Backbone.js Tutorial: Testing with Mocks

14 Feb 2013 | By Alex Young | Tags backbone.js mvc node backgoog testing

Preparation

Before starting this tutorial, you’ll need the following:

  • alexyoung / dailyjs-backbone-tutorial at commit 5b0a529
  • The API key from part 2
  • The “Client ID” key from part 2
  • Update app/js/config.js with your keys (if you’ve checked out my source)

To check out the source, run the following commands (or use a suitable Git GUI tool):

git clone git@github.com:alexyoung/dailyjs-backbone-tutorial.git
cd dailyjs-backbone-tutorial
git reset --hard 5b0a529

Mocks

Last week I wrote about testing a custom Backbone.sync implementation using Sinon’s spies. This worked well in our situation where the transport layer isn’t necessarily pinned down – Sinon includes Fake XMLHttpRequest, but this won’t work with Google’s API as far as I know. This week I want to introduce another testing concept that Sinon provides: mocks.

Mocks are fake methods that allow expectations to be registered. Historically, you’ll find mocks being used in unit tests where I/O occurs. If you’re testing business logic you don’t need to check if a file was written or a network call was made, it’s often preferable to attach an expectation to make sure the appropriate API would have been called.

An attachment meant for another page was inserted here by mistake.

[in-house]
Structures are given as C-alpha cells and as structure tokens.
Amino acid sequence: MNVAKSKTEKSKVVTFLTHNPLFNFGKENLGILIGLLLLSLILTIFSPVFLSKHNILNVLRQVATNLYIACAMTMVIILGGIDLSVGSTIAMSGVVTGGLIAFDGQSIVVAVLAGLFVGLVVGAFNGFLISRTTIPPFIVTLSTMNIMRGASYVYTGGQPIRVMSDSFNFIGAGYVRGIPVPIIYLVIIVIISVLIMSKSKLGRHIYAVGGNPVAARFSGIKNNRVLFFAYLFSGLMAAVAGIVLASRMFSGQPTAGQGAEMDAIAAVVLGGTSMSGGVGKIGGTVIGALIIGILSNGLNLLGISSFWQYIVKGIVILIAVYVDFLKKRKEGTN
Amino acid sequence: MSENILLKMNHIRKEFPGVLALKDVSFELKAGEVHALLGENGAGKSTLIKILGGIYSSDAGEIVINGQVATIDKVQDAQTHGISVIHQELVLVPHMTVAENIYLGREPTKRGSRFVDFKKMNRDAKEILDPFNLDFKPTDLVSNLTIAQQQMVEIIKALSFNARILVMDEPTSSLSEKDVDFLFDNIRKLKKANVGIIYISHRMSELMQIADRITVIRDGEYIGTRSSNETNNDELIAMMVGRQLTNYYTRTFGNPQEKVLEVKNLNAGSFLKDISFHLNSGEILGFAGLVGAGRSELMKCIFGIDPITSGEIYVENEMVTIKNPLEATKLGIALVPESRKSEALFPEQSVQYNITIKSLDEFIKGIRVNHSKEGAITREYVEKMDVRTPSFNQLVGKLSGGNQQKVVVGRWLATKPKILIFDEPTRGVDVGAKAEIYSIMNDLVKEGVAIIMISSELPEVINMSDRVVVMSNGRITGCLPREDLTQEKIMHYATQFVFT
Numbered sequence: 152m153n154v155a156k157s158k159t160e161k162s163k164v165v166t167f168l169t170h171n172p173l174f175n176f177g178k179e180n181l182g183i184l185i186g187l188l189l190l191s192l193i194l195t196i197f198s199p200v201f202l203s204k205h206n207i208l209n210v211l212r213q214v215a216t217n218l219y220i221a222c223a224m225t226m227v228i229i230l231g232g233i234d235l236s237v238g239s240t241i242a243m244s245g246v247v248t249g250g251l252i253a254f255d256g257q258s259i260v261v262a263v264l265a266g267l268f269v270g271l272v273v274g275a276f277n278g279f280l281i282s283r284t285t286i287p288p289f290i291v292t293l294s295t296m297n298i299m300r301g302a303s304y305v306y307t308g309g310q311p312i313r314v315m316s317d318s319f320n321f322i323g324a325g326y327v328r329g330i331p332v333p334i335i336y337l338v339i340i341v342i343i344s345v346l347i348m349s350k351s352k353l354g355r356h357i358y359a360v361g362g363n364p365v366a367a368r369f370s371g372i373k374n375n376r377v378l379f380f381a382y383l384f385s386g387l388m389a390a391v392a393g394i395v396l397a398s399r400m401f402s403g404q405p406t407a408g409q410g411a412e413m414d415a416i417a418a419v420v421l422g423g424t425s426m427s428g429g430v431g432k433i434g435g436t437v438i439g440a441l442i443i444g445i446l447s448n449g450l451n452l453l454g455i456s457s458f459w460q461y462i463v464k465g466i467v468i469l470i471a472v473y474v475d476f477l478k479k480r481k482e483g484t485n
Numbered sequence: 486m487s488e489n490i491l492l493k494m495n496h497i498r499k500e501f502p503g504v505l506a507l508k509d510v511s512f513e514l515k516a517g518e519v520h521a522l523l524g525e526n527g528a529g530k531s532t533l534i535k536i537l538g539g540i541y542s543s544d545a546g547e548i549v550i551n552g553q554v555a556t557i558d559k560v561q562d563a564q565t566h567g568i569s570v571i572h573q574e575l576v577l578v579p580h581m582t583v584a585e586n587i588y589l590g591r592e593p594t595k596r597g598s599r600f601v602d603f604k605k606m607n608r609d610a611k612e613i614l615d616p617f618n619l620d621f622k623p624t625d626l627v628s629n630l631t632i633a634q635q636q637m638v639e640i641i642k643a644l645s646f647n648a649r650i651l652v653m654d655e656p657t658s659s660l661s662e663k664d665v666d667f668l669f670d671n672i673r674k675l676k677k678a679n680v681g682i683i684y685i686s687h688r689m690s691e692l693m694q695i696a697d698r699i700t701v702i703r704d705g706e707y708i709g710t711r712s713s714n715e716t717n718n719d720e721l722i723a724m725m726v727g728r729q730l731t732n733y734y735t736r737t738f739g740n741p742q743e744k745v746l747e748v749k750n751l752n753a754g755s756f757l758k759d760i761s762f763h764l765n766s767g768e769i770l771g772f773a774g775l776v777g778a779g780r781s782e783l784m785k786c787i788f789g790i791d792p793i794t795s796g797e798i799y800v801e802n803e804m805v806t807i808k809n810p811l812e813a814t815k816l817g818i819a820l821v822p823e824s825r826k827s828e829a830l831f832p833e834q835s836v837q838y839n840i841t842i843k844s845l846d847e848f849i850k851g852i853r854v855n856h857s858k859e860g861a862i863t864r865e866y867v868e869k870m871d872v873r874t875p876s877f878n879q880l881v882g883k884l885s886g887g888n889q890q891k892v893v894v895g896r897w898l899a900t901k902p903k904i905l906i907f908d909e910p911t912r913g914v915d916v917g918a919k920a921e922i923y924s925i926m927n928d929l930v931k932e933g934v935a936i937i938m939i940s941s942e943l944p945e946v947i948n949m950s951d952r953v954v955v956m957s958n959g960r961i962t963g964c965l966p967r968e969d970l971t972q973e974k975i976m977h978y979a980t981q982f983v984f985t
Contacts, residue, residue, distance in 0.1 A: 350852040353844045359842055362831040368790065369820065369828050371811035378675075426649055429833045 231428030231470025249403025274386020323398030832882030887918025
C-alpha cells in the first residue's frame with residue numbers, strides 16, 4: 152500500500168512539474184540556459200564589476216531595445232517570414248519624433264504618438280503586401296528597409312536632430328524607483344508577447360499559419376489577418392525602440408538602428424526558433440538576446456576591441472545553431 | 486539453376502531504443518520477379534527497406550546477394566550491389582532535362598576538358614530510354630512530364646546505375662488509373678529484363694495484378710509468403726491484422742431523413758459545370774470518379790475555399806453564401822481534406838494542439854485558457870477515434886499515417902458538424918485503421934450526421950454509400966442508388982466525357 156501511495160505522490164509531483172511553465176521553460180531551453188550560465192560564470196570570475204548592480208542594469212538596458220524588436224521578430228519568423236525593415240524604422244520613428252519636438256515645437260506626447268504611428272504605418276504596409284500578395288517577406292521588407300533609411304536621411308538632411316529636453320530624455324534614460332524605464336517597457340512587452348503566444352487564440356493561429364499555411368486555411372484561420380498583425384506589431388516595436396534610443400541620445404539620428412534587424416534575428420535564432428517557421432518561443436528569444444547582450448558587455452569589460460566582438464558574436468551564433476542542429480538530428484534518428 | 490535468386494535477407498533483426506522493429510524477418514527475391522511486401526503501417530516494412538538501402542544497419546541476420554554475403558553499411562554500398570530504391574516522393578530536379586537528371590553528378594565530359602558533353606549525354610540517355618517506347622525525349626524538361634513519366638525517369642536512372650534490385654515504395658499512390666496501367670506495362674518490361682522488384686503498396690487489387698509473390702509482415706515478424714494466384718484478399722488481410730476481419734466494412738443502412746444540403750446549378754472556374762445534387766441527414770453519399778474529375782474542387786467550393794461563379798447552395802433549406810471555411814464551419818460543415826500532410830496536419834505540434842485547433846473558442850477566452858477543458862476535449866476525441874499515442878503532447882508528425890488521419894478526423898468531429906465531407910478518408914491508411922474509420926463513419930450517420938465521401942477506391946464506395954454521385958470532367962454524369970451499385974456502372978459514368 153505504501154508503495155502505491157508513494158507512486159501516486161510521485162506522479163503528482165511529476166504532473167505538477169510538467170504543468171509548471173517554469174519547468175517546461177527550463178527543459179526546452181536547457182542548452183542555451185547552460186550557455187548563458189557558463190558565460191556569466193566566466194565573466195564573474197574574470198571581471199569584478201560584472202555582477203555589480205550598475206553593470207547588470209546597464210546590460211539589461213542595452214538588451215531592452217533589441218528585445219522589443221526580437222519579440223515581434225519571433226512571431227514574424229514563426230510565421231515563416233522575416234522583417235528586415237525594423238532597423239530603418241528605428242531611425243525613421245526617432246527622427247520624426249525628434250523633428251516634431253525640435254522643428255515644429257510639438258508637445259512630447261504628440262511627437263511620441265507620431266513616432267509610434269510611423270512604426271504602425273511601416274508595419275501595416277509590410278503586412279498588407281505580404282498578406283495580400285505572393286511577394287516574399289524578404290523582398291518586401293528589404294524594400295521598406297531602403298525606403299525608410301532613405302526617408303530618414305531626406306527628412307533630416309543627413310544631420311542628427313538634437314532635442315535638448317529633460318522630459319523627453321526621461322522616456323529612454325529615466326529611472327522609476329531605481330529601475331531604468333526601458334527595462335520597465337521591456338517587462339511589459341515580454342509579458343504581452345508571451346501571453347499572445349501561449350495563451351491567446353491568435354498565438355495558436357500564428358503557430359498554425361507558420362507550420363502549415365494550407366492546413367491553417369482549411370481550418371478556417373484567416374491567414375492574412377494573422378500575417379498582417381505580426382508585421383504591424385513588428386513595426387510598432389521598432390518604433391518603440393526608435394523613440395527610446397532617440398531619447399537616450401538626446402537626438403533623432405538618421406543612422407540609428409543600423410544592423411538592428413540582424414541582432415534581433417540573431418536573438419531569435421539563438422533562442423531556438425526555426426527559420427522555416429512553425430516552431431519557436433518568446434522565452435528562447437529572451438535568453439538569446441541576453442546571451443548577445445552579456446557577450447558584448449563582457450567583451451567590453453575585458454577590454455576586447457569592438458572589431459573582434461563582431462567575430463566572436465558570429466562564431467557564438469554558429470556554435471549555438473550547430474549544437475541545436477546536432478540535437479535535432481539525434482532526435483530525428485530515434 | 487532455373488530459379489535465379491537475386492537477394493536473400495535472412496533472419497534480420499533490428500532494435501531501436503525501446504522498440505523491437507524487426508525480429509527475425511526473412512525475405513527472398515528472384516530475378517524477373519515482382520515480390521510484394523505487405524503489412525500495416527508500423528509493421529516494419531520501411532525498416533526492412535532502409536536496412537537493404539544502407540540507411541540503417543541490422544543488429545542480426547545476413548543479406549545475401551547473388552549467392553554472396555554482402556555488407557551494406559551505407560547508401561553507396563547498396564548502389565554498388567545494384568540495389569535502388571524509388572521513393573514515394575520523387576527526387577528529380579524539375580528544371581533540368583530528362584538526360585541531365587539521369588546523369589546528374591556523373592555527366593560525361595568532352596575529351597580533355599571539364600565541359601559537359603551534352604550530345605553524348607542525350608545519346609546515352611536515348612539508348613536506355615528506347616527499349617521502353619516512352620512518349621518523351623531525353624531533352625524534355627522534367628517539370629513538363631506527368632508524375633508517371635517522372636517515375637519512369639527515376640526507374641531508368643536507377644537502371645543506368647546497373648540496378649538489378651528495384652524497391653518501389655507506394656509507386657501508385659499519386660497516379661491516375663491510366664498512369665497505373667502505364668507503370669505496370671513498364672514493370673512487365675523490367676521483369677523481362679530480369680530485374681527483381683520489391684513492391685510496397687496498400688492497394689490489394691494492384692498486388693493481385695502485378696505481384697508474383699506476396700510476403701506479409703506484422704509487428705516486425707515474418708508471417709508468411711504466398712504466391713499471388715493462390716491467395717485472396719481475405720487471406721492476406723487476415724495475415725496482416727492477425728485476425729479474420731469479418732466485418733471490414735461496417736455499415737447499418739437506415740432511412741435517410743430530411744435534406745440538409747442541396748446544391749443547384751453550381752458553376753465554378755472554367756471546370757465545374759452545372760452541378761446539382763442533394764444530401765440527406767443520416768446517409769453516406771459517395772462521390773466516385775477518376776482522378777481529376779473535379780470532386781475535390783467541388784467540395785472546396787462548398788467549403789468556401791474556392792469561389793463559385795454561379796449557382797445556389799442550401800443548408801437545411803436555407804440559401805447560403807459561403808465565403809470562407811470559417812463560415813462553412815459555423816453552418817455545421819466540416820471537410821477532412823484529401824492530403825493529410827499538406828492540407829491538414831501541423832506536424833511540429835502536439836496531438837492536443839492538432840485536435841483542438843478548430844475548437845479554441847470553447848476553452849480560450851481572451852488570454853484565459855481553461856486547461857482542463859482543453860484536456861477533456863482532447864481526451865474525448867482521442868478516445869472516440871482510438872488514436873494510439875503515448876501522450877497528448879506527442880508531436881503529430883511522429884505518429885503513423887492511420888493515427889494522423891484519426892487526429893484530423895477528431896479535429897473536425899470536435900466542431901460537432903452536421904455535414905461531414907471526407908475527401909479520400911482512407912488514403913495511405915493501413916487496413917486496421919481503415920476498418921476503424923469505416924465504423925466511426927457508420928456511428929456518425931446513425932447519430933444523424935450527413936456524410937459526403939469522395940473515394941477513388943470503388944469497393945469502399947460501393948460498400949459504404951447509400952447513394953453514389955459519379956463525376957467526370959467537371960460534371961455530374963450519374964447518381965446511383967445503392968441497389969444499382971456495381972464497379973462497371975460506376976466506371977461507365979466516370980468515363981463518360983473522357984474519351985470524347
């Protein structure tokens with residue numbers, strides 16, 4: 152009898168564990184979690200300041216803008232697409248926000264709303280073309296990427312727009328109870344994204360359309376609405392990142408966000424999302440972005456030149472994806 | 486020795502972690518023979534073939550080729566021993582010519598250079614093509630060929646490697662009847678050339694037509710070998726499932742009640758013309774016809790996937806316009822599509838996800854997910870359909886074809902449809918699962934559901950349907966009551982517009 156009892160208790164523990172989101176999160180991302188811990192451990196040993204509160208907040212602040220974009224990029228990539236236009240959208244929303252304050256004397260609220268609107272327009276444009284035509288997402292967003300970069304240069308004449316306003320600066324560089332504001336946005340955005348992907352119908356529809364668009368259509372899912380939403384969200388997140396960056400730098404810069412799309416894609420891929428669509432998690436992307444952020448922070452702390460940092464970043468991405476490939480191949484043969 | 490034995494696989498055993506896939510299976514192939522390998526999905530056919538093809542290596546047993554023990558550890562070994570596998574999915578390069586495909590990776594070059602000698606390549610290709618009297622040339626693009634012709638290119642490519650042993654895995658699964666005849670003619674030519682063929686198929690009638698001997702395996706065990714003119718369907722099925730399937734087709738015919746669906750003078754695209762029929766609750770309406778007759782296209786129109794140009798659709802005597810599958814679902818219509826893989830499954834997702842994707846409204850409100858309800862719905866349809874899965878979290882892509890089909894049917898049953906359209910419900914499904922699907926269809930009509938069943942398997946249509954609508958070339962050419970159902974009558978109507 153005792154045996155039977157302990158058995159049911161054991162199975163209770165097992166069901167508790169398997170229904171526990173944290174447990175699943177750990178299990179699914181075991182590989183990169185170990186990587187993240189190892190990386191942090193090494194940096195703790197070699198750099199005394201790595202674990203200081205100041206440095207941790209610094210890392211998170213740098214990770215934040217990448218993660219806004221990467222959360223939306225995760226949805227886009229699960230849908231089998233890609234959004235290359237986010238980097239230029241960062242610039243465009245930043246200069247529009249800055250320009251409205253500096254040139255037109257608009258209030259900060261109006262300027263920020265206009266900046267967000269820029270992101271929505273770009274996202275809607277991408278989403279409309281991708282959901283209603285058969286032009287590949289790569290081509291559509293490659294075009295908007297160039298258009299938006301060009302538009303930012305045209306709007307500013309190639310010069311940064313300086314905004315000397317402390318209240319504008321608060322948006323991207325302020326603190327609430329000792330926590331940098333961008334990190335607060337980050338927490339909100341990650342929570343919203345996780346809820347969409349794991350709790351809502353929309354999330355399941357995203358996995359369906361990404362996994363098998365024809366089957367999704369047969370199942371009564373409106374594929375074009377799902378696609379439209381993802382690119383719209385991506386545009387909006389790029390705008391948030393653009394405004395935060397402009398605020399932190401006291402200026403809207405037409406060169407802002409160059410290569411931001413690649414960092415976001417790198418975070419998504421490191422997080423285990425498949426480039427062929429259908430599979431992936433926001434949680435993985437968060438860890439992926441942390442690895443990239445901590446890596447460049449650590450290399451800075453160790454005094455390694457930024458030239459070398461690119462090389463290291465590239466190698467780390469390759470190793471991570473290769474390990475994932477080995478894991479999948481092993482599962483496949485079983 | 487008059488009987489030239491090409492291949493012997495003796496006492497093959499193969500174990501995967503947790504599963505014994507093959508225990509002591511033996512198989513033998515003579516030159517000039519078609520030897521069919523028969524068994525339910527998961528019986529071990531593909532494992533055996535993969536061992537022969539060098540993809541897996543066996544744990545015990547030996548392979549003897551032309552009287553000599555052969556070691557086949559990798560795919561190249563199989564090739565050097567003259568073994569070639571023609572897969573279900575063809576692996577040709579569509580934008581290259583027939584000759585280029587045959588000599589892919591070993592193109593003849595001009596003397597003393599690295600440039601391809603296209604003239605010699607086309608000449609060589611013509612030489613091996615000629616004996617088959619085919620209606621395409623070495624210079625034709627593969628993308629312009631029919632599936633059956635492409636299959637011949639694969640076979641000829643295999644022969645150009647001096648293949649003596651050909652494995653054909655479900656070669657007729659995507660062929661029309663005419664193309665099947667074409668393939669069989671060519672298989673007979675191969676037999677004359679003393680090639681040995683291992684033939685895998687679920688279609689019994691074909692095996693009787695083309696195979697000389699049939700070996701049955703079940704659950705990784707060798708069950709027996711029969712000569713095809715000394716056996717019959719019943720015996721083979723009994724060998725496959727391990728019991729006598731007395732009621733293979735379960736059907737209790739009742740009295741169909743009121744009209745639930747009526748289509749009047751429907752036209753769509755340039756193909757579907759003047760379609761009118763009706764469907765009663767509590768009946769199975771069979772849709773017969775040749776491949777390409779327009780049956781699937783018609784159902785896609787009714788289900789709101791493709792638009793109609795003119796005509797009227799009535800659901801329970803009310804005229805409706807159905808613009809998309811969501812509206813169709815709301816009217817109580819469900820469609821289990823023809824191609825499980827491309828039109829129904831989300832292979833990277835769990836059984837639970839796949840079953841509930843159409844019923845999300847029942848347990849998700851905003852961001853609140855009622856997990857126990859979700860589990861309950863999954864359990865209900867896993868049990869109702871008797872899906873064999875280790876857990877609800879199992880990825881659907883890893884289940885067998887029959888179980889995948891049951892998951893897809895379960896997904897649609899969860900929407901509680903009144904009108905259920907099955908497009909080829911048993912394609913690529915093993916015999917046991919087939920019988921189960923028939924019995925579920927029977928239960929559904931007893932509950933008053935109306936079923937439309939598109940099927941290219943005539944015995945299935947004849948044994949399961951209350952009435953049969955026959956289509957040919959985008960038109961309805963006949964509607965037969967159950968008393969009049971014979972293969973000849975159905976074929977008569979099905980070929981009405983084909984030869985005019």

In Sinon, creating a mock returns an object that can be decorated with expectations. The API is chainable, so it’s low on boilerplate and high on readability. What you’re aiming to do is state “whenever this method is called, ensure it was called with these parameters”. This can be done through mocks by setting up expectations using matchers.

Matchers are similar to assertions – they can be used to check that arguments are everything from primitive types to instances of a constructor, or even literal values.

Last week we used spies to ensure Google’s API was accessed in the expected way. Mocks could be used for this as well. We don’t really care about the request so much as the fact a particular CRUD operation was requested. The signature for Backbone.gapiRequest is request, method, model, options – the method argument is generally what we’re interested in. Therefore, to set up an expectation that saving an existing task caused update to fire, we can use a mock with sinon.match.object: